VENTON: Yeah. I listened in on a board of supervisors meeting for Santa Clara County yesterday, where they voted unanimously to approve a $3 million grant for a local Planned Parenthood clinic. This is what Supervisor Cindy Chavez said just before calling for the vote.

CINDY CHAVEZ: These are really dark times and will be very dark times, especially for poor women in this country. Our action will lighten those times just a little bit and hopefully turn the tide back again.

VENTON: And that money will go towards medical treatment, counseling, lab testing and staff training.

FADEL: Now, I want to turn back to Brittany for a moment. What are abortion rights advocates doing in the meantime in Mississippi while abortions are still legal?

BROWN: They're still providing abortions at the Pink House right now because, so far, the law hasn't changed in Mississippi. Now organizations that fund abortions and help pregnant people cross state lines to access abortions, like the Mississippi Reproductive Freedom Fund and Access Reproductive Care Southeast - are raising money and seeking volunteers to help people travel to reproductive freedom states, like California, Colorado and others, for access to abortions.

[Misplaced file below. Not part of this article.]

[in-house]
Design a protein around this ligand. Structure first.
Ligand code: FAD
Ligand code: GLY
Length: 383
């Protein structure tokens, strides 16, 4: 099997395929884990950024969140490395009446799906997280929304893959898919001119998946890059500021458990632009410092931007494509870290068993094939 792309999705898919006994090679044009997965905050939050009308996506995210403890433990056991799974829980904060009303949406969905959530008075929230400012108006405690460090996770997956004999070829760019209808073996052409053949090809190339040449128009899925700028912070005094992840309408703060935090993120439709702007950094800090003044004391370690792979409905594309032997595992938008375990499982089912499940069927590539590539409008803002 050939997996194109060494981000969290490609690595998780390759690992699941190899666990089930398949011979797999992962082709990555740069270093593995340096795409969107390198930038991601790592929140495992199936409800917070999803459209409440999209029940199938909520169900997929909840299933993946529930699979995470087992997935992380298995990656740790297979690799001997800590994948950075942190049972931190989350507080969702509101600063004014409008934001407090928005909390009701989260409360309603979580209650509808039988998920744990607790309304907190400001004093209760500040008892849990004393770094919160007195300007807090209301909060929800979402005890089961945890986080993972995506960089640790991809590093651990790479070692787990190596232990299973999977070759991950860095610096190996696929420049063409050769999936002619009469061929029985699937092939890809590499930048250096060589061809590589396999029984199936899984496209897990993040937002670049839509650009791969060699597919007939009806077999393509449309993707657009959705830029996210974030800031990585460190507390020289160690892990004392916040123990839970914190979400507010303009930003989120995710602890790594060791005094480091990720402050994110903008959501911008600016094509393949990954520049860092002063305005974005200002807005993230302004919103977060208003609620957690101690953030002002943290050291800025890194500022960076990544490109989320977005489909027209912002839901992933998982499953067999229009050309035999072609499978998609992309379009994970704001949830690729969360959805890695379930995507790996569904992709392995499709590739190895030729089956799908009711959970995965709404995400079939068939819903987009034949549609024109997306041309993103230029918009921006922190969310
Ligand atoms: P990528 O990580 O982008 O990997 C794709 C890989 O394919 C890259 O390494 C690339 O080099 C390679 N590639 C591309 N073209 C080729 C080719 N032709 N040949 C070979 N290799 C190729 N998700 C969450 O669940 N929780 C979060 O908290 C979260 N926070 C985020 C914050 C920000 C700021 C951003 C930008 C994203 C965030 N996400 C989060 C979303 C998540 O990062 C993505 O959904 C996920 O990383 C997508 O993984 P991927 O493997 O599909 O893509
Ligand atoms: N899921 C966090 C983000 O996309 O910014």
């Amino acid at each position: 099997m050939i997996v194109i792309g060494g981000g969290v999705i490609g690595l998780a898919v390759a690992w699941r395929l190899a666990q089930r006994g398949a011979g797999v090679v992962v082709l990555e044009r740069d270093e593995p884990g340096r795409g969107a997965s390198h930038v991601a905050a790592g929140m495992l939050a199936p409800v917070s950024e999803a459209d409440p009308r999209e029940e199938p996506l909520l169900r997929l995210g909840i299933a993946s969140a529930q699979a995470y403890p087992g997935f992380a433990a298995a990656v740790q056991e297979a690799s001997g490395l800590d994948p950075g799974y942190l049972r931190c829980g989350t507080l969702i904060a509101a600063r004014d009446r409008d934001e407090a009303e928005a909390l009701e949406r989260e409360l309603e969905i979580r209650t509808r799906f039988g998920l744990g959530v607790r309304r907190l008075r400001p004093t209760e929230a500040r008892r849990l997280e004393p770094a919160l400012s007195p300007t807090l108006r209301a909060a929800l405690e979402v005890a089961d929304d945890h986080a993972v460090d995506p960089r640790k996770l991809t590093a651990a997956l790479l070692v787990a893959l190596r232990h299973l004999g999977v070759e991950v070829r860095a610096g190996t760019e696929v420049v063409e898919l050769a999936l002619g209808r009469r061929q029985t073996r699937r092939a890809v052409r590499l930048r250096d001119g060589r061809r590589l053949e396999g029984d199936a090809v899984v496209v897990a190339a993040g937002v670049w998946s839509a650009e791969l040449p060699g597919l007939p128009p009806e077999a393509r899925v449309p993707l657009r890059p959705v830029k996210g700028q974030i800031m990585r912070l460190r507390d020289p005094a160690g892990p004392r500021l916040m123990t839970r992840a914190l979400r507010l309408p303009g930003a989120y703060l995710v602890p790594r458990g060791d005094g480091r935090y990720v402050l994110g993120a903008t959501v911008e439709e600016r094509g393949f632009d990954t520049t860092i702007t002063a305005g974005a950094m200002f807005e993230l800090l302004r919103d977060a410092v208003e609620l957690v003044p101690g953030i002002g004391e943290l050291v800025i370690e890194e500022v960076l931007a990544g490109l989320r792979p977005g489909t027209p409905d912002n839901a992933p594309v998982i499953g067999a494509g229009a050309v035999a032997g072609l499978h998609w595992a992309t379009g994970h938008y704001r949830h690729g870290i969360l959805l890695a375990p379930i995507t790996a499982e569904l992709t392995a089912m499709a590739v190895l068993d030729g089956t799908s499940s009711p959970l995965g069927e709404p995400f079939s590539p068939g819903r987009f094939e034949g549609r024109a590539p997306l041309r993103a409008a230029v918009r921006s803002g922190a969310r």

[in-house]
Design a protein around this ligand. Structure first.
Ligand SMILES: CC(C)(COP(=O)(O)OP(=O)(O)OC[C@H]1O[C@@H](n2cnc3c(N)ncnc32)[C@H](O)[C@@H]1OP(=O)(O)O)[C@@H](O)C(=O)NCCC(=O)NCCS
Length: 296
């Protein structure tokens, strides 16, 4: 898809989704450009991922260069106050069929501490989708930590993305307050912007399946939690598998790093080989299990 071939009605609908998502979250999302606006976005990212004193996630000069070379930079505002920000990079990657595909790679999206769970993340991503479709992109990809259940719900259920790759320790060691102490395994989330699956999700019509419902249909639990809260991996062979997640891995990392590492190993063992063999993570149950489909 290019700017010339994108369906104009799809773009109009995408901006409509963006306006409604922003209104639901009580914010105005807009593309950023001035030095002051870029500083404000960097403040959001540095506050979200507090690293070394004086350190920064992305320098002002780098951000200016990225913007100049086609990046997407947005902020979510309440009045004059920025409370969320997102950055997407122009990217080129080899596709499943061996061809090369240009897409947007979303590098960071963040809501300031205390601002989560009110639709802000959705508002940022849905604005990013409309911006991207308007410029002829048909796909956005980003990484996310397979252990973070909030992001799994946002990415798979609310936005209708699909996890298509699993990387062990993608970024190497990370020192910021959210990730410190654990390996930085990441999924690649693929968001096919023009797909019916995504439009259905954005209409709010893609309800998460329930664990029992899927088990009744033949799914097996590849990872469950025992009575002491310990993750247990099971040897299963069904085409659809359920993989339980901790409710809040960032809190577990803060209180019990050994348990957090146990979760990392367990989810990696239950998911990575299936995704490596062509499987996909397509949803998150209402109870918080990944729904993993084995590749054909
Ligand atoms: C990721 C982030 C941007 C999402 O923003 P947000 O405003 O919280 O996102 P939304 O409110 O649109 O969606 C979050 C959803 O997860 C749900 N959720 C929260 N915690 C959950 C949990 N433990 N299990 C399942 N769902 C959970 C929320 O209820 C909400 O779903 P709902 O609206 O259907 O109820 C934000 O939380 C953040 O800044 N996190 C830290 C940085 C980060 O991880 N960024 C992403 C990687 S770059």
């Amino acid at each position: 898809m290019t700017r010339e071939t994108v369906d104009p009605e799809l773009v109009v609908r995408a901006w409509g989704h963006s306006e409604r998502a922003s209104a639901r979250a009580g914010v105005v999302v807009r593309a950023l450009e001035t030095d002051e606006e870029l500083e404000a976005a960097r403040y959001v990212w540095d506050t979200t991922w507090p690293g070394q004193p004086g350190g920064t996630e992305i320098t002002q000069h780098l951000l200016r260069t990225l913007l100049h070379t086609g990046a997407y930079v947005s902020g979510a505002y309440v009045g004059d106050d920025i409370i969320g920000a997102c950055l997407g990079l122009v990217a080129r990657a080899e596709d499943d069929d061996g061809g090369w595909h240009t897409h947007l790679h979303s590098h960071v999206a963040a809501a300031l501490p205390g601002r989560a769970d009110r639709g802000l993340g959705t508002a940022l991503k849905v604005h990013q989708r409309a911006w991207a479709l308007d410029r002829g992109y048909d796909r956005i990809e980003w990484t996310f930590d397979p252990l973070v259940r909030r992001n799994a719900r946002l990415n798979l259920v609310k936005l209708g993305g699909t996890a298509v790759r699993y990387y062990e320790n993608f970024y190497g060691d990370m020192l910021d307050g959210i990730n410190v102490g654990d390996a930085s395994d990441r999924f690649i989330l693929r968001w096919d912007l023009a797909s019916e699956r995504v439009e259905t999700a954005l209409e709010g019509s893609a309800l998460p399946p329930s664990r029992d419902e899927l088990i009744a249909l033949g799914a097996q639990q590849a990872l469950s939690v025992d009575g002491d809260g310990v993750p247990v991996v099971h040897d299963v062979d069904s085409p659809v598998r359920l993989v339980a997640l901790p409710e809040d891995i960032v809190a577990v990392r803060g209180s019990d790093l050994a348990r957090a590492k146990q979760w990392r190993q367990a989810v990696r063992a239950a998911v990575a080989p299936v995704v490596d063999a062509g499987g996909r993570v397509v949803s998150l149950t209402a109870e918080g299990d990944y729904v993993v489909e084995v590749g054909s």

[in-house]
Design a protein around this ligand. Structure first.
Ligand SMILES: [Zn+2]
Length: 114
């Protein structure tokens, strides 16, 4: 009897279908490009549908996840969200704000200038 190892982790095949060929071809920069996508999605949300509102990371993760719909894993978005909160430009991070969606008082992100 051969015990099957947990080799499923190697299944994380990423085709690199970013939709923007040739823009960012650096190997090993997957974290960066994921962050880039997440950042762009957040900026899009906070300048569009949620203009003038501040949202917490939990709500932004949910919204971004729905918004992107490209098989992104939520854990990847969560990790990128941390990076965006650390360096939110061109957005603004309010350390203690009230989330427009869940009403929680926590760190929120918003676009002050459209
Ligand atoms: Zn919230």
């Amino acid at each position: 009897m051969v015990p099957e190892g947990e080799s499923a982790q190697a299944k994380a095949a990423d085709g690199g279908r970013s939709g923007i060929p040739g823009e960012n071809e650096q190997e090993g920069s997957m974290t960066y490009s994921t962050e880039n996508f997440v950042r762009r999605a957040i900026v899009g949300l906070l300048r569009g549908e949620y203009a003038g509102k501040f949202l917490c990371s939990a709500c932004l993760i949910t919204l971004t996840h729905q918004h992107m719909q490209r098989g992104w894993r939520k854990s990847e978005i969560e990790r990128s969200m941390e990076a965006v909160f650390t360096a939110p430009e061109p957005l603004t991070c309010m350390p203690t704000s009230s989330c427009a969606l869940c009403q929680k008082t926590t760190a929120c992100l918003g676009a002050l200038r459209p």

In fact, Diane Derzis, the CEO of the Pink House, says they're planning to open other Pink Houses in New Mexico next month that would see Mississippi patients.

FADEL: OK. That's Brittany Brown in Jackson, Miss., with the Gulf States Newsroom. And we also heard from Danielle Venton with member station KQED in San Francisco. Thank you to you both.

BROWN: You're welcome.

VENTON: You're welcome. Transcript provided by NPR, Copyright NPR.

Leila Fadel is a national correspondent for NPR based in Los Angeles, covering issues of culture, diversity, and race.
Brittany Brown
Danielle Venton